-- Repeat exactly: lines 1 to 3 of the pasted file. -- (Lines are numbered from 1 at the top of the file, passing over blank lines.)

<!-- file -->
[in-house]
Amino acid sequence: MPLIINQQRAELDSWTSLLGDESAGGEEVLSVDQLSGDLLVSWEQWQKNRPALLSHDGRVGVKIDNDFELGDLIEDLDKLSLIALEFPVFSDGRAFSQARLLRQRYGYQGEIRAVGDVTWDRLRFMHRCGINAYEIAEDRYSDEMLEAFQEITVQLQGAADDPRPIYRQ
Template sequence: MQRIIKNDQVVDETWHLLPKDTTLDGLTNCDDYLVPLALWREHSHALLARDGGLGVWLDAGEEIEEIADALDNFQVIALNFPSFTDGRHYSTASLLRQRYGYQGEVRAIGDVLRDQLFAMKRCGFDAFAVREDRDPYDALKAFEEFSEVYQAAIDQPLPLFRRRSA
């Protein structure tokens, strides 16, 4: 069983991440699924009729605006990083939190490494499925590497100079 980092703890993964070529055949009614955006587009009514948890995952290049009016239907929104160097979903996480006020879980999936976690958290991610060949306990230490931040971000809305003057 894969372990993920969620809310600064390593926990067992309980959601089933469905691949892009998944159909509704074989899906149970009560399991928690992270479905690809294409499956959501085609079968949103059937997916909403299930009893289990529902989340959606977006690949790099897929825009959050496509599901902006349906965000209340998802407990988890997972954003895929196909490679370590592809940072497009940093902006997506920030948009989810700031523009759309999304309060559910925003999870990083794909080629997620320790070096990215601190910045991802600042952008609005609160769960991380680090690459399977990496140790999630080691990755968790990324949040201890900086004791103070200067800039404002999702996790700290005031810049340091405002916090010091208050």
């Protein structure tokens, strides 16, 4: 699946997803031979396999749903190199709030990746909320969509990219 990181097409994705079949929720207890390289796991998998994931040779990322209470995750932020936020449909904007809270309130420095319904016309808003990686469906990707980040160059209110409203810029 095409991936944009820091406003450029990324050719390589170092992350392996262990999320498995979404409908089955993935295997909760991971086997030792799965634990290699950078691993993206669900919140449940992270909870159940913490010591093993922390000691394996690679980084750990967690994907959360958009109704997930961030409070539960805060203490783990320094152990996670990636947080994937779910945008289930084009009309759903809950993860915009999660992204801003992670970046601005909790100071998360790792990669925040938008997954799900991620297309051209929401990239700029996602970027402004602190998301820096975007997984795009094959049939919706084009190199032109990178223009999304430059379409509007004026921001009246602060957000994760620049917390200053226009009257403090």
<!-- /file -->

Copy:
[in-house]
Amino acid sequence: MPLIINQQRAELDSWTSLLGDESAGGEEVLSVDQLSGDLLVSWEQWQKNRPALLSHDGRVGVKIDNDFELGDLIEDLDKLSLIALEFPVFSDGRAFSQARLLRQRYGYQGEIRAVGDVTWDRLRFMHRCGINAYEIAEDRYSDEMLEAFQEITVQLQGAADDPRPIYRQ
Template sequence: MQRIIKNDQVVDETWHLLPKDTTLDGLTNCDDYLVPLALWREHSHALLARDGGLGVWLDAGEEIEEIADALDNFQVIALNFPSFTDGRHYSTASLLRQRYGYQGEVRAIGDVLRDQLFAMKRCGFDAFAVREDRDPYDALKAFEEFSEVYQAAIDQPLPLFRRRSA